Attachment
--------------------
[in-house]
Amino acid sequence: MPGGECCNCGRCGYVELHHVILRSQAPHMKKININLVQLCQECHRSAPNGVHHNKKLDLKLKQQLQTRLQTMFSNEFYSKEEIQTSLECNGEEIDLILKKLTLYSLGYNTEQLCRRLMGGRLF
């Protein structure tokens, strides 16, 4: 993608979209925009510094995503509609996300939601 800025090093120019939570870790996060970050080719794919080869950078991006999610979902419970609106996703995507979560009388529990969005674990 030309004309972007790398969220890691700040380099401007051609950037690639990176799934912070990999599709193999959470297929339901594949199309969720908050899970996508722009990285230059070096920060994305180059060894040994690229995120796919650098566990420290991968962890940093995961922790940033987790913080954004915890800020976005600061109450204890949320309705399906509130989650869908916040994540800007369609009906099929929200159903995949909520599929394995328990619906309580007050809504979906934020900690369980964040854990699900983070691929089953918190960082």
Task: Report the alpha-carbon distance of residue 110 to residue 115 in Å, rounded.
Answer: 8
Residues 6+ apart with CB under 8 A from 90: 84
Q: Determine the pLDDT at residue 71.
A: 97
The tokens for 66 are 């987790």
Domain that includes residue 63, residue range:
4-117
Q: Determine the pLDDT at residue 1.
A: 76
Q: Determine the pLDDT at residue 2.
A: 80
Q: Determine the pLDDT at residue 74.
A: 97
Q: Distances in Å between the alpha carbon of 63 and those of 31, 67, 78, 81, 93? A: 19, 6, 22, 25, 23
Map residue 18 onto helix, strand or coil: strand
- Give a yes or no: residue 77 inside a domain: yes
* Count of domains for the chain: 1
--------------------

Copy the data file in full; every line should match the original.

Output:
[in-house]
Amino acid sequence: MPGGECCNCGRCGYVELHHVILRSQAPHMKKININLVQLCQECHRSAPNGVHHNKKLDLKLKQQLQTRLQTMFSNEFYSKEEIQTSLECNGEEIDLILKKLTLYSLGYNTEQLCRRLMGGRLF
């Protein structure tokens, strides 16, 4: 993608979209925009510094995503509609996300939601 800025090093120019939570870790996060970050080719794919080869950078991006999610979902419970609106996703995507979560009388529990969005674990 030309004309972007790398969220890691700040380099401007051609950037690639990176799934912070990999599709193999959470297929339901594949199309969720908050899970996508722009990285230059070096920060994305180059060894040994690229995120796919650098566990420290991968962890940093995961922790940033987790913080954004915890800020976005600061109450204890949320309705399906509130989650869908916040994540800007369609009906099929929200159903995949909520599929394995328990619906309580007050809504979906934020900690369980964040854990699900983070691929089953918190960082």
Task: Report the alpha-carbon distance of residue 110 to residue 115 in Å, rounded.
Answer: 8
Residues 6+ apart with CB under 8 A from 90: 84
Q: Determine the pLDDT at residue 71.
A: 97
The tokens for 66 are 């987790």
Domain that includes residue 63, residue range:
4-117
Q: Determine the pLDDT at residue 1.
A: 76
Q: Determine the pLDDT at residue 2.
A: 80
Q: Determine the pLDDT at residue 74.
A: 97
Q: Distances in Å between the alpha carbon of 63 and those of 31, 67, 78, 81, 93? A: 19, 6, 22, 25, 23
Map residue 18 onto helix, strand or coil: strand
- Give a yes or no: residue 77 inside a domain: yes
* Count of domains for the chain: 1